Measurement challenges aside, COE programs have other downsides. Strategies that displace patients from their usual site of care and regular physicians may interfere with coordination of care. They tend to be highly polarizing, dividing hospitals and surgeons into winners and losers. In alienating the latter, a price of COE programs may be lost opportunities for engaging physicians in other types of quality improvement efforts. And finally, such programs improve outcomes exclusively to the extent that they steer care away from poor performers. It provides no mechanism for helping non-COE hospitals and surgeons improve their outcomes.
PAY FOR PERFORMANCE
Another approach to improving surgical outcomes is to encourage hospitals and surgeons to provide higher-quality care with financial incentives. Both public and private payers have active pay-for-performance programs involving surgery. CMS has both a Value-Based Purchasing program aimed at hospitals and a more recent effort targeting physicians – the so-called Physician Value-Based Payment Modifier program.23 Although such programs are moving toward specialty-specific outcome-based measures (as described later), pay-for-performance programs have until now focused on adherence to evidence-based practices related to perioperative care. For example, many private payers link hospital reimbursement to process measures established by the Surgical Care Improvement Project (SCIP),24 including practices aimed at reducing rates of surgical site infection, postoperative cardiac events, venous thromboembolism, and ventilator-associated pneumonia.
Among their strengths, pay-for-performance initiatives aimed at improving compliance with specific processes of care are considerably less polarizing than selective referral. In theory, anyone can “win.” To the extent that surgeons can “play to the quiz,” process-based pay-for-performance programs have the potential to achieve rapid and significant improvements in many aspects in perioperative care. Studies in primary care suggest that pay-for-performance programs may be particularly effective in improving process compliance among poor performers and thus reducing overall variation.13,25 In surgery, evidence to date suggests similar improvements in compliance with SCIP measures.26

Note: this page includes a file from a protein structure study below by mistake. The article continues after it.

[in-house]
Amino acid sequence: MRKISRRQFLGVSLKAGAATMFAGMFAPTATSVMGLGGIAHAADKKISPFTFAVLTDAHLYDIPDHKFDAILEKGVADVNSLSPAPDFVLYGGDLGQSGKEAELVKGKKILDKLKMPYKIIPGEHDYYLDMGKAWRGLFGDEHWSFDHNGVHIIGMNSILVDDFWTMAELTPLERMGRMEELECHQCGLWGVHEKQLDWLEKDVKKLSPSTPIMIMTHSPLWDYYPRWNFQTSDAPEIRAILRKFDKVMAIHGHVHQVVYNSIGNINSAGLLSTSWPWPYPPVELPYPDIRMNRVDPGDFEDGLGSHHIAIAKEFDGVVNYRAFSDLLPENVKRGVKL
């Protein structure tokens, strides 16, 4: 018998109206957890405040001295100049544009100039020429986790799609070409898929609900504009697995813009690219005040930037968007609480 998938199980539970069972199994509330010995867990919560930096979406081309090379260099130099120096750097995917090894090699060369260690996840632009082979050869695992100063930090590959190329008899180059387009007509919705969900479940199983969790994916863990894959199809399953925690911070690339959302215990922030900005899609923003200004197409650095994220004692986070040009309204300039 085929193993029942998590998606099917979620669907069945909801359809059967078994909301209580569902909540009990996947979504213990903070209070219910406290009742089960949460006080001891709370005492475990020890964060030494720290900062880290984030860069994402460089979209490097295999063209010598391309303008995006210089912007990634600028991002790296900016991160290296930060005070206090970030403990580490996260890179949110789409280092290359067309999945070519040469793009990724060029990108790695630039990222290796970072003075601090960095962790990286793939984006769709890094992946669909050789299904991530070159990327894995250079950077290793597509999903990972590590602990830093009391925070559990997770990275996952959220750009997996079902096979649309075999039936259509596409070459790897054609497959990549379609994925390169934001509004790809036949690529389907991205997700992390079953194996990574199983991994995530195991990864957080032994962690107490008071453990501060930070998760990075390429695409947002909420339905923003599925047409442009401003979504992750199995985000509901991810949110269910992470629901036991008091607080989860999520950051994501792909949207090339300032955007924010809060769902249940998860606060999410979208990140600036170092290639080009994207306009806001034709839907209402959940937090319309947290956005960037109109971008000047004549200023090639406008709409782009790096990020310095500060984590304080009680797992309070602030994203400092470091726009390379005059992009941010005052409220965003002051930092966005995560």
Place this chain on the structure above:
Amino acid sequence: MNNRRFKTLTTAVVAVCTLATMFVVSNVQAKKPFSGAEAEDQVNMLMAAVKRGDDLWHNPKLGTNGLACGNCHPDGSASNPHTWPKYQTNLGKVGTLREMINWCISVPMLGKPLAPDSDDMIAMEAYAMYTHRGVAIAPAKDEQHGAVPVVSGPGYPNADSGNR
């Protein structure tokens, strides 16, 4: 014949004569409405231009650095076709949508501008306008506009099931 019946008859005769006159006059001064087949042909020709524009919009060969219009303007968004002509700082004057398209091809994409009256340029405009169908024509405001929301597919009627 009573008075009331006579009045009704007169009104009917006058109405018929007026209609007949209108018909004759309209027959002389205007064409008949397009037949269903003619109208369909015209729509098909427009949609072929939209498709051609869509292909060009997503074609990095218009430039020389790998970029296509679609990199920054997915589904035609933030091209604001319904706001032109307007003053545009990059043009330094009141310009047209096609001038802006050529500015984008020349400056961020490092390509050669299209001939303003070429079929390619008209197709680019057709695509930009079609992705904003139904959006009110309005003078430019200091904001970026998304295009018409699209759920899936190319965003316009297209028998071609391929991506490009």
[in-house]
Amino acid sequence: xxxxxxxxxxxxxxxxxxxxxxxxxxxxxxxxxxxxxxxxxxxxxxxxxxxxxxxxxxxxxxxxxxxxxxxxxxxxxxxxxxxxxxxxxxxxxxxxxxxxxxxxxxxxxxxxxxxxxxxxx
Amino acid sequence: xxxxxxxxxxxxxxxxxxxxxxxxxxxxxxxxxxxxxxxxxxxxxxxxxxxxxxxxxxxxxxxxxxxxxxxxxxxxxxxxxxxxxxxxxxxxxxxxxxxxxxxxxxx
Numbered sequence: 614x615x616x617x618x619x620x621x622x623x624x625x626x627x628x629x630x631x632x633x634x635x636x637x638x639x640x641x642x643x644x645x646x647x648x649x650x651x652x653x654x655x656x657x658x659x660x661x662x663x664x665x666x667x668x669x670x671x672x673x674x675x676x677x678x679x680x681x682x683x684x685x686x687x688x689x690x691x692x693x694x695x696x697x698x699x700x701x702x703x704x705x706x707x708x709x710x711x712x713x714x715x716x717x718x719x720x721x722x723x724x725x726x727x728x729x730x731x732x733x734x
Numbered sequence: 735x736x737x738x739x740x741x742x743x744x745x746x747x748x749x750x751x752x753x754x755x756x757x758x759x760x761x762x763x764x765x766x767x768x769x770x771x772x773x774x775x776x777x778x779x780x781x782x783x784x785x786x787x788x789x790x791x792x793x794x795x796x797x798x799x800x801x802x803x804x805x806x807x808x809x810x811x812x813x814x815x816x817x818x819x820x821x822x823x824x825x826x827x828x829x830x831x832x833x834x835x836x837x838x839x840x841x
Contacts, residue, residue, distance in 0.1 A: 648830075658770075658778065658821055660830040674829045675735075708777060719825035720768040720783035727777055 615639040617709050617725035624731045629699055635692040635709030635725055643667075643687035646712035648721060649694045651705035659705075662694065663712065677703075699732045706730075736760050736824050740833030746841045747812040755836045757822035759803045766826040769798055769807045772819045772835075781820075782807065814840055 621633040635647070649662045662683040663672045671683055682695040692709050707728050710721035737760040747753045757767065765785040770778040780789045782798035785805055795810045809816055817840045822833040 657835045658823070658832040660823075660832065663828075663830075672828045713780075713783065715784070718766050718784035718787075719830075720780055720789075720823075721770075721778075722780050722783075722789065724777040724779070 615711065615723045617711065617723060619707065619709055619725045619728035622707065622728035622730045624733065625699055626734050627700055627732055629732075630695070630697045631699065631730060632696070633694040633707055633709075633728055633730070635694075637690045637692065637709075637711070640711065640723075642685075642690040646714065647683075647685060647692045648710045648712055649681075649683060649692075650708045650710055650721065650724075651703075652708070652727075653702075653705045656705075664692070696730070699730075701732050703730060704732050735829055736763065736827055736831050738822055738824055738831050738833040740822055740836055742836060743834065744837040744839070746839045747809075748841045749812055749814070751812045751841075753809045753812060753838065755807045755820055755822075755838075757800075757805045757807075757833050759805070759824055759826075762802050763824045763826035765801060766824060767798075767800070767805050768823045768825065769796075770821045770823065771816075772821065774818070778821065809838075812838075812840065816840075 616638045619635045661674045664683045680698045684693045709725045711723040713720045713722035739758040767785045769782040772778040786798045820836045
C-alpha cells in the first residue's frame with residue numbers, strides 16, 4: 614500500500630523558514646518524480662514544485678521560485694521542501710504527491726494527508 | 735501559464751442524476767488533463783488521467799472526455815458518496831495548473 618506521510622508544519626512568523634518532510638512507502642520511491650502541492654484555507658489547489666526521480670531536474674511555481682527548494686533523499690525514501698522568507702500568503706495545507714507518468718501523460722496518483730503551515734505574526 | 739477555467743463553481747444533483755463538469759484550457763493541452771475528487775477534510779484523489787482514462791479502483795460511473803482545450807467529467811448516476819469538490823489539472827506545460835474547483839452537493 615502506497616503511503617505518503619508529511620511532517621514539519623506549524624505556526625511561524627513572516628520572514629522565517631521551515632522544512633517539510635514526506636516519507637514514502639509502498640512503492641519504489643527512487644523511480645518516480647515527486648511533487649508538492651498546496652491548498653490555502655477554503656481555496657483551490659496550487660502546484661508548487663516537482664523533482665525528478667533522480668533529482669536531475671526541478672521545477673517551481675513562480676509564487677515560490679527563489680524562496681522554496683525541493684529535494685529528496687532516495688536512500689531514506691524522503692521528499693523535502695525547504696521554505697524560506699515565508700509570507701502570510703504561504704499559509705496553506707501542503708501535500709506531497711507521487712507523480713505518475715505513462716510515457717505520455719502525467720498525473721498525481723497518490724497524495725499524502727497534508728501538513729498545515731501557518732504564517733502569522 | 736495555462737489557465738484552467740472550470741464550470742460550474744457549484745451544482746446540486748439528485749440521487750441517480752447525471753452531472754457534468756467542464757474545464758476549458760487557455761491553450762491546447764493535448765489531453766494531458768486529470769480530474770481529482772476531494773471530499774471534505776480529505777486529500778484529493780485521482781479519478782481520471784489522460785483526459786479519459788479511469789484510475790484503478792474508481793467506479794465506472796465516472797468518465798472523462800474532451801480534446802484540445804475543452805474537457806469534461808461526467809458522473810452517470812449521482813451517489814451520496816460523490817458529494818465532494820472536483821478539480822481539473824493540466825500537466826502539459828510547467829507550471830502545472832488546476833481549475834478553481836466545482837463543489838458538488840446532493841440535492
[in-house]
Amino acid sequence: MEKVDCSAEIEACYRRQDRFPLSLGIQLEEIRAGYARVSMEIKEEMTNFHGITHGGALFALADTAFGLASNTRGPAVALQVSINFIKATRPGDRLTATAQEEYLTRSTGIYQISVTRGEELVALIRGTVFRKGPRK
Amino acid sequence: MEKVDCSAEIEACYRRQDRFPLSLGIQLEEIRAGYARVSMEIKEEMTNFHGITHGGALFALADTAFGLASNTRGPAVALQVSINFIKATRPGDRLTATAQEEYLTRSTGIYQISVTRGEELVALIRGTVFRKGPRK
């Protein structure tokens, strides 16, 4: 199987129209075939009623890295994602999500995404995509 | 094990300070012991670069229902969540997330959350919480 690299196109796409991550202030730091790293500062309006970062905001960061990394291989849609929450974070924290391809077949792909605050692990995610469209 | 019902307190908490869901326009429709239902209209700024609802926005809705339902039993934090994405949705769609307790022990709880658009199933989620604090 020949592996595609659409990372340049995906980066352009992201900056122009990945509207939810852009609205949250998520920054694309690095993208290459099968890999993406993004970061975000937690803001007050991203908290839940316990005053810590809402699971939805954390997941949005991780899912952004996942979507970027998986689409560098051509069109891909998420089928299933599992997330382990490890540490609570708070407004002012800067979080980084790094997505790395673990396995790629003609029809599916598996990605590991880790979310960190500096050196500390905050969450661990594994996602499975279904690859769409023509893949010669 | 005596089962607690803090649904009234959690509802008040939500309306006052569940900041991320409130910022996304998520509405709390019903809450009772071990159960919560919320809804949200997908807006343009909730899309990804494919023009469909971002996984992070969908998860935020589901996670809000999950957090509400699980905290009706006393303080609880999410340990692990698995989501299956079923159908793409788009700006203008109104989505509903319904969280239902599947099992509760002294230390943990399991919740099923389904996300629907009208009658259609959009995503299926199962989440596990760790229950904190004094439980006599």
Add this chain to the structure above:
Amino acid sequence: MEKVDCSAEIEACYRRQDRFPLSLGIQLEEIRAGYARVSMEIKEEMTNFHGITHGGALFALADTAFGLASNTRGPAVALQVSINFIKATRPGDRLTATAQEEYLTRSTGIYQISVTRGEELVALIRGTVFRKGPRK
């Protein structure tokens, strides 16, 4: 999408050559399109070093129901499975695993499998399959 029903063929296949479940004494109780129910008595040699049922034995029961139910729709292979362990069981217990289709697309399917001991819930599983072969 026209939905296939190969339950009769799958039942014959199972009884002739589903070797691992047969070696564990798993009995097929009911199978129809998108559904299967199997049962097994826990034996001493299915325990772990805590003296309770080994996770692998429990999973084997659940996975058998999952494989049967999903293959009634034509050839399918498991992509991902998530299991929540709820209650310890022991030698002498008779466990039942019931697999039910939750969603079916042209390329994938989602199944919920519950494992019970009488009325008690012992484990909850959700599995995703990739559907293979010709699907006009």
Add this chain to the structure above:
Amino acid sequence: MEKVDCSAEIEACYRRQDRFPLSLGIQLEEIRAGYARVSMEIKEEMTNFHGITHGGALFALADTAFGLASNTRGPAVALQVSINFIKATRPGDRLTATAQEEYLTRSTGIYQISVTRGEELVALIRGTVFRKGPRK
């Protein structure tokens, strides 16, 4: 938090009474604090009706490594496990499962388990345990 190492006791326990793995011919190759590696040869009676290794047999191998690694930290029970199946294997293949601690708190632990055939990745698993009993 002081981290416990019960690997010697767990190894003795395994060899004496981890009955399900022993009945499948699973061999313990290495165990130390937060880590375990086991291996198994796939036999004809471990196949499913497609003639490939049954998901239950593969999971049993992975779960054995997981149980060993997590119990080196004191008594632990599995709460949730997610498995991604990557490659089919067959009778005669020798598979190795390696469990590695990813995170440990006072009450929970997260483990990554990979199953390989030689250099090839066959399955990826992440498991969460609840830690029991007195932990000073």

A more recent study by Shih et al.29 provides the most direct evaluation of the overall effects of surgical pay-for-performance programs. Focusing on coronary bypass surgery and total joint replacement, Medicare’s Premier Hospital Quality Incentive Demonstration (HQID) was intended to incentivize quality and quality improvement by increasing reimbursements to both top performing hospitals and those demonstrating the greatest degree of improvement over time.30 While mortality and complication rates for cardiac and orthopedic patients decreased significantly over time in premier hospitals, improvements of similar magnitude were observed in nonparticipating hospitals.29
In contrast to strategies led by payers and policy makers, surgeons and their professional organizations are focusing primarily on registry-based quality improvement programs.14,15,31 Their goal is to provide hospitals and surgeons with rigorous feedback about their outcomes relative to those of their peers. Some of these programs have centralized approaches to coordinating quality improvement activities, while others focus primarily on performance feedback, leaving improvement work at the local level.
The Scientific Registry of Transplant Recipients and the Adult Cardiac Surgery Database of the Society of Thoracic Surgeons were among the earliest and most recognized surgical outcome registries. The large majority of US hospitals involved in those two specialties now contribute to those databases.32,33